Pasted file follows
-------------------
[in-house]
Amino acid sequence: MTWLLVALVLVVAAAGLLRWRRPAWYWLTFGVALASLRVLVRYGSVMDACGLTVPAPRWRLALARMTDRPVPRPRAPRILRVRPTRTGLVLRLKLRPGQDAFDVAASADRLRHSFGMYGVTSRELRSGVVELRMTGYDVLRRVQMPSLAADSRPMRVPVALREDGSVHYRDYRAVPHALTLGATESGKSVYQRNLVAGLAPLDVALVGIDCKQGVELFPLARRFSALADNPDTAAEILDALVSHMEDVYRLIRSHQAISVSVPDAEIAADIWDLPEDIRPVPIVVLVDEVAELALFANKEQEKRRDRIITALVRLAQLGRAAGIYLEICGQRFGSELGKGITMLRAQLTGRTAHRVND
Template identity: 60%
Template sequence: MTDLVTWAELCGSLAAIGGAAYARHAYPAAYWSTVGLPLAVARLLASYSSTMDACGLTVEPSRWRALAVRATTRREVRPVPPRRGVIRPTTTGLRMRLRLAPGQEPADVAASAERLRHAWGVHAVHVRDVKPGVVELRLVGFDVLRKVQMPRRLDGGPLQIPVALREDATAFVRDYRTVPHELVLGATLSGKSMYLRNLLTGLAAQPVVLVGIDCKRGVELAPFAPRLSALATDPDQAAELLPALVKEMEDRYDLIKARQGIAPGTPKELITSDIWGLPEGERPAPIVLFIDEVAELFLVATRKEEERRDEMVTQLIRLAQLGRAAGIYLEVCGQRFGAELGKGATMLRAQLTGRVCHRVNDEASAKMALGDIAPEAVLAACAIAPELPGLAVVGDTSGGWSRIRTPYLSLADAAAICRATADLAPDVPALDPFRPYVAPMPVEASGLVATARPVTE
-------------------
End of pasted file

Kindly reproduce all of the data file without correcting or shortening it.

[in-house]
Amino acid sequence: MTWLLVALVLVVAAAGLLRWRRPAWYWLTFGVALASLRVLVRYGSVMDACGLTVPAPRWRLALARMTDRPVPRPRAPRILRVRPTRTGLVLRLKLRPGQDAFDVAASADRLRHSFGMYGVTSRELRSGVVELRMTGYDVLRRVQMPSLAADSRPMRVPVALREDGSVHYRDYRAVPHALTLGATESGKSVYQRNLVAGLAPLDVALVGIDCKQGVELFPLARRFSALADNPDTAAEILDALVSHMEDVYRLIRSHQAISVSVPDAEIAADIWDLPEDIRPVPIVVLVDEVAELALFANKEQEKRRDRIITALVRLAQLGRAAGIYLEICGQRFGSELGKGITMLRAQLTGRTAHRVND
Template identity: 60%
Template sequence: MTDLVTWAELCGSLAAIGGAAYARHAYPAAYWSTVGLPLAVARLLASYSSTMDACGLTVEPSRWRALAVRATTRREVRPVPPRRGVIRPTTTGLRMRLRLAPGQEPADVAASAERLRHAWGVHAVHVRDVKPGVVELRLVGFDVLRKVQMPRRLDGGPLQIPVALREDATAFVRDYRTVPHELVLGATLSGKSMYLRNLLTGLAAQPVVLVGIDCKRGVELAPFAPRLSALATDPDQAAELLPALVKEMEDRYDLIKARQGIAPGTPKELITSDIWGLPEGERPAPIVLFIDEVAELFLVATRKEEERRDEMVTQLIRLAQLGRAAGIYLEVCGQRFGAELGKGATMLRAQLTGRVCHRVNDEASAKMALGDIAPEAVLAACAIAPELPGLAVVGDTSGGWSRIRTPYLSLADAAAICRATADLAPDVPALDPFRPYVAPMPVEASGLVATARPVTE